- Common uses
- How to take the medication
- Common side effects
- Precautions & interactions
How Selumetinib works, side effects, interactions and precautions.
(sel" ue me' ti nib)
Brand Name(s): , Koselugo®
WHY is this medicine prescribed?
Selumetinib is used to treat neurofibromatosis type 1 (NF1; a nervous system disorder that causes tumors to grow on nerves) in children 2 years of age and older who have plexiform neurofibromas (PN; soft tumors) that cannot be completely removed by surgery. Selumetinib is in a class of medications called kinase inhibitors. It works by blocking the action of the abnormal protein that signals the tumors to grow. This helps to stop or slow tumor growth.
Are there OTHER USES for this medicine?
This medication may be prescribed for other uses; ask your doctor or pharmacist for more information.
HOW should this medicine be used?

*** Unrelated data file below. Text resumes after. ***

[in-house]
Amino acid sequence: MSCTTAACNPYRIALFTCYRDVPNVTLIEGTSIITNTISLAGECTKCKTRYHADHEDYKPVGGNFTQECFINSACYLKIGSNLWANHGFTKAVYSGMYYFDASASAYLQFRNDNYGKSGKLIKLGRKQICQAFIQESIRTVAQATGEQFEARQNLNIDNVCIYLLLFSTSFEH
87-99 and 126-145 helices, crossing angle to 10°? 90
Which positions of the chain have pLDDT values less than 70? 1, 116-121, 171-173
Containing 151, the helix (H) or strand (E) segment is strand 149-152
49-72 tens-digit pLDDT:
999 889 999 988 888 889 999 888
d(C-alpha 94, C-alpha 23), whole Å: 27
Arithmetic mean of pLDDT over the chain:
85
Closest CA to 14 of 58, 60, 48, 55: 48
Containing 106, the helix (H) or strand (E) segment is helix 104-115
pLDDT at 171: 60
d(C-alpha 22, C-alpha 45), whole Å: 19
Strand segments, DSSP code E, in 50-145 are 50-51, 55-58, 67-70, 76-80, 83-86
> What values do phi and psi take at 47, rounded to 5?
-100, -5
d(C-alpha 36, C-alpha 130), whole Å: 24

Selumetinib comes as a capsule to take by mouth. It is usually taken twice a day on an empty stomach. Do not eat any food 2 hours before or for 1 hour after each dose. Take selumetinib at around the same time(s) every day, approximately 12 hours apart. Follow the directions on your prescription label carefully, and ask your doctor or pharmacist to explain any part you do not understand. Take selumetinib exactly as directed. Do not take more or less of it or take it more often than prescribed by your doctor.
Swallow the capsules whole with water; do not open, chew, or crush them.
If you vomit after taking selumetinib, do not take another dose. Continue your regular dosing schedule.